Envisioned as a highly interactive session, the roundtable will be kicked off by highlighting strategic diplomacy approaches to advance health initiatives with presentations by Scott Ratzan, MD, MPA, Senior Fellow at the Mossavar-Rahmani Center for Business and Government (M-RCBG) at Harvard Kennedy School and former co-chair of the UN Secretary General’s Innovation Working Group in support of Every Woman Every Child. He will be joined by Andrea Feigl, PhD, MPH, Harvard Visiting Scientist and Health Economist at the OECD, who will share a decade’s worth of economic and policy evidence on NCDs and health systems financing. Myriam Sidibe, DrPH, also Senior Fellow at the M-RCBG at Harvard Kennedy School will offer insight from significant in-country experiences of building business models around specific health issues, mainly WASH and Nutrition.  
Together, this will provide the motivation on why multisector action needs to be scaled if SDG3 and associated financing gaps were to be met.  
Please RSVP for this event by registering here or by confirming your attendance to anf403@mail.harvard.edu by September 27th

Session Five: Inspiring Smart Choices with Health Diplomacy
With Guest Speaker Jimmy Kolker MPA '83, Former Ambassador and Assistant Secretary for Global Affairs, HHS
November 26, 4:00-5:30pm M-RCBG Conference Room, Belfer 503

Jimmy J. Kolker is the former ambassador to Burkina Faso from 1999 to 2002 and Uganda from 2002 to 2005, Chief of the HIV/AIDS Section at UNICEF's New York headquarters 2007-2011 and most recently [2011-2017]Assistant Secretary for Global Affairs, U.S. Department of Health and Human Services in Washington, DC. He will speak about his experiences practicing "Health Diplomacy."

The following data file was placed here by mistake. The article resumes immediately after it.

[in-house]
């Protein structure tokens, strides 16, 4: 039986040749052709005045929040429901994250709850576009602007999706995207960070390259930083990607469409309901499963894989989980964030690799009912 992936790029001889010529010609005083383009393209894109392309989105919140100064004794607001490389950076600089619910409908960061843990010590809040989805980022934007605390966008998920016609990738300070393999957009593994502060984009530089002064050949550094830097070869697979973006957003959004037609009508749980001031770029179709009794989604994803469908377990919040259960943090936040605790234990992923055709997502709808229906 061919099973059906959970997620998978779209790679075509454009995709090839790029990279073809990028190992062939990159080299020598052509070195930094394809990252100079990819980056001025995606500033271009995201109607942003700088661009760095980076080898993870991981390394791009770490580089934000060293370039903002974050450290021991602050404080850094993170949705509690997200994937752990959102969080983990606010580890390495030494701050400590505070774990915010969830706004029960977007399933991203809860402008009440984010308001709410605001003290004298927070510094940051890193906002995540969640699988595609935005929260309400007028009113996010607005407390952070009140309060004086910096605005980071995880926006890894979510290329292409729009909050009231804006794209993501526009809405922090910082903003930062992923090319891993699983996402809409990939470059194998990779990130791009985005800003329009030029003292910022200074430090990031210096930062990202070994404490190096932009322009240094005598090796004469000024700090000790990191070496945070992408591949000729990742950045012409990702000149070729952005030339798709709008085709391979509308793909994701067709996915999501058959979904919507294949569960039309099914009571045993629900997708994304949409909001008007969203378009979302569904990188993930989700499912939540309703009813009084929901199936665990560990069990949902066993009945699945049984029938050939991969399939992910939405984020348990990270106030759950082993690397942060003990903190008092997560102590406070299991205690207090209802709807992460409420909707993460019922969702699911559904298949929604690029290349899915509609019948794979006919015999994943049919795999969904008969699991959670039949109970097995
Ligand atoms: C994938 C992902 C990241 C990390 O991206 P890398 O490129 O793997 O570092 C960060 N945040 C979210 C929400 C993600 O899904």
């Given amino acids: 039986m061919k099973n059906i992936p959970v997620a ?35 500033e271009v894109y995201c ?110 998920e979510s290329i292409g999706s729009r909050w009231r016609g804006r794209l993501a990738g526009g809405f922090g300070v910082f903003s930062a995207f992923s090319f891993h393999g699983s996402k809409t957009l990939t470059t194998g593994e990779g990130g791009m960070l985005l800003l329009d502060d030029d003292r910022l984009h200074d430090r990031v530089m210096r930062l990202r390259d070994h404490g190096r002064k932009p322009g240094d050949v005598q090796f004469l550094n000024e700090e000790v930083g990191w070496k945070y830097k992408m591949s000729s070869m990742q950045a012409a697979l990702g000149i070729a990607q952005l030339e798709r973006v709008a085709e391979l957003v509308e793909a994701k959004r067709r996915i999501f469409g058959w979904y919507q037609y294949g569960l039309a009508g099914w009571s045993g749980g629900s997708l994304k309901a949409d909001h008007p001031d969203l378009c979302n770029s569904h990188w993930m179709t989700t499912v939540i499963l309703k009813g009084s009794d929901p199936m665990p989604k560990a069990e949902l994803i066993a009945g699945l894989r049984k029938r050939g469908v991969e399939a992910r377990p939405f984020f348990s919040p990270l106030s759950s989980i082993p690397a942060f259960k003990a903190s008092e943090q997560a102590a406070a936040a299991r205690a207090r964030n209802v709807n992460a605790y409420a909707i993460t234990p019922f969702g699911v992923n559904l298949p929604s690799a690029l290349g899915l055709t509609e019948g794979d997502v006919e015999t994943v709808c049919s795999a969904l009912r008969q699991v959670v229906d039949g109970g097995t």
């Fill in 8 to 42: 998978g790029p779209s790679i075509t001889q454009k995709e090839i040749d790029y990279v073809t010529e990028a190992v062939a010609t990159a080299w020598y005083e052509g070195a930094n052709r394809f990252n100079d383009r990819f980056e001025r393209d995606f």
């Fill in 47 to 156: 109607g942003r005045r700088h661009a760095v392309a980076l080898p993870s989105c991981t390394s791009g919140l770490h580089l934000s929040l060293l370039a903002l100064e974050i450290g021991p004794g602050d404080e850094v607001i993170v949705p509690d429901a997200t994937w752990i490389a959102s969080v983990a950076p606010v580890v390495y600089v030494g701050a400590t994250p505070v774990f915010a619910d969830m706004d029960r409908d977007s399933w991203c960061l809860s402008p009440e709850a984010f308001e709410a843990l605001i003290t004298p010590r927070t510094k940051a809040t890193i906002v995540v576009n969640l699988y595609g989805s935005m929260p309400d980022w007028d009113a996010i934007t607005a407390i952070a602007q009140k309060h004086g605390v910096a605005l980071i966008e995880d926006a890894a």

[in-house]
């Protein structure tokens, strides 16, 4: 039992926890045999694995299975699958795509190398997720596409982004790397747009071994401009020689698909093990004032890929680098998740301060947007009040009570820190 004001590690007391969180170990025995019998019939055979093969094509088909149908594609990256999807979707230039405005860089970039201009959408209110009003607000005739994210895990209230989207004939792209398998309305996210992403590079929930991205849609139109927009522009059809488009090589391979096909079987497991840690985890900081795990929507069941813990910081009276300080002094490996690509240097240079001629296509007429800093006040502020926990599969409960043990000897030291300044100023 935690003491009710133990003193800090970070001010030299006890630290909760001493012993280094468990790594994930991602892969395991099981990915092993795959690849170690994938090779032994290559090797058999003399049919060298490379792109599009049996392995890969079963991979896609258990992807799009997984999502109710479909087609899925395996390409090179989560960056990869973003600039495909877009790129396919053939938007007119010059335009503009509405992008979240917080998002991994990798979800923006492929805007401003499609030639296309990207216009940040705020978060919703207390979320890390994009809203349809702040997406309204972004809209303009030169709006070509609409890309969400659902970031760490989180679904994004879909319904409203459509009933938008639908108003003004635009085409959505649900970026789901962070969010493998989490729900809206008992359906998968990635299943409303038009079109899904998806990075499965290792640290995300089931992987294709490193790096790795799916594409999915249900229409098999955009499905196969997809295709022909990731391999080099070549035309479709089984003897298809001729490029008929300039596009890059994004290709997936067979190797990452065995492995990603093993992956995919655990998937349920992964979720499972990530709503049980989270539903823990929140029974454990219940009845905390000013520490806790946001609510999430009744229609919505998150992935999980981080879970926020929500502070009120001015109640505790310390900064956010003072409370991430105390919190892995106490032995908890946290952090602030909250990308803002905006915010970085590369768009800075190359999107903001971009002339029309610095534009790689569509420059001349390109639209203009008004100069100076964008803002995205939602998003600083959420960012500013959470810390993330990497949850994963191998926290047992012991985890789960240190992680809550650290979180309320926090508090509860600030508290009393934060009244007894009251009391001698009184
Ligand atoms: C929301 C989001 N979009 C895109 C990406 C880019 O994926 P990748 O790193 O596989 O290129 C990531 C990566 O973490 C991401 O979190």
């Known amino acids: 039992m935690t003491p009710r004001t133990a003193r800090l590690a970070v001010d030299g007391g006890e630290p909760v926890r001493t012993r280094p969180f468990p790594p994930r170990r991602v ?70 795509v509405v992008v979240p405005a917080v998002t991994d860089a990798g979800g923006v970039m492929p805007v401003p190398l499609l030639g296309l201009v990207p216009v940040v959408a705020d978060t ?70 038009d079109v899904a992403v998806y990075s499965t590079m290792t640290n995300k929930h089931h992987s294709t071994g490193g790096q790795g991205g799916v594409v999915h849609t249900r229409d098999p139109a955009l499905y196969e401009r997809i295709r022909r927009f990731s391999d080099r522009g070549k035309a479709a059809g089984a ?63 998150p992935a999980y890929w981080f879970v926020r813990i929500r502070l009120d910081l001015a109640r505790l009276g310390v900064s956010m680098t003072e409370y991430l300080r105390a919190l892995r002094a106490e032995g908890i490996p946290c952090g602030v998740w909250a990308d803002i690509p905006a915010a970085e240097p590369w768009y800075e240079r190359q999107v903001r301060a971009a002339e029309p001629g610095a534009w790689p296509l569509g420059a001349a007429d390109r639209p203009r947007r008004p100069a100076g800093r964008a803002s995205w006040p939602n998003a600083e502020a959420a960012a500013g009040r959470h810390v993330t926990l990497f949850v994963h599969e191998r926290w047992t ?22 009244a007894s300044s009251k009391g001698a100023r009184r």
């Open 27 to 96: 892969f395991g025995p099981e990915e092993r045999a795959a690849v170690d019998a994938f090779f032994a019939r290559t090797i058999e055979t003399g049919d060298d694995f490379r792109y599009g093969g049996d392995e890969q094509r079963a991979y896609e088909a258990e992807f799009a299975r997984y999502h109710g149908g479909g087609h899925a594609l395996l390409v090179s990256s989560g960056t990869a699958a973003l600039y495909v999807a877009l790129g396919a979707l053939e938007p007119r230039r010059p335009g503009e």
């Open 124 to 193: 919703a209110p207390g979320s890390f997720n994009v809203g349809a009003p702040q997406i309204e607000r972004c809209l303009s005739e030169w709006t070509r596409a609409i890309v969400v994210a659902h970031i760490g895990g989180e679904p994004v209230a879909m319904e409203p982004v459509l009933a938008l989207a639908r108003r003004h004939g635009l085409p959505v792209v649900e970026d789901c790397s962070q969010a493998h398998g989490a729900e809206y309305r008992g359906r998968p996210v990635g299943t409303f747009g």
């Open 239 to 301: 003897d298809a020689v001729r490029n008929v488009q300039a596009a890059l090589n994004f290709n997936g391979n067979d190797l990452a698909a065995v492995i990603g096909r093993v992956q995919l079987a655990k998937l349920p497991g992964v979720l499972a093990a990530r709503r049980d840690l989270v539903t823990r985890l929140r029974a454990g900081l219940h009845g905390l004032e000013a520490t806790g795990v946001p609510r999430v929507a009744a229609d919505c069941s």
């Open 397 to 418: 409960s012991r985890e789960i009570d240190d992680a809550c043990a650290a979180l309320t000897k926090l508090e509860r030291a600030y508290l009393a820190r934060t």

Ambassador Kolker was the Department's chief health diplomat, representing the United States at World Health Organization meetings and as alternate Board Member of the Global Fund to Fight AIDS, Tuberculosis and Malaria. Now retired, Amb. Kolker serves on the boards of the ABInBev Foundation (Chair) and Firelight Foundation. He is a visiting scholar at American Association for the Advancement of Science.

In each study group session, a succinct presentation will be followed by an open discussion on next steps and potential approaches to foster multisector collaboration for SDG 3 and how to advance progress on the most wicked global health challenges, such as sustainable blended financing, investment in prevention and ageing research (including dementia), endemic infectious diseases, the under/overnutrition challenges, immunizations, and many more.

Session 6: Truth or Consequences: Reversing vaccine hesitancy and misinformation threats to our future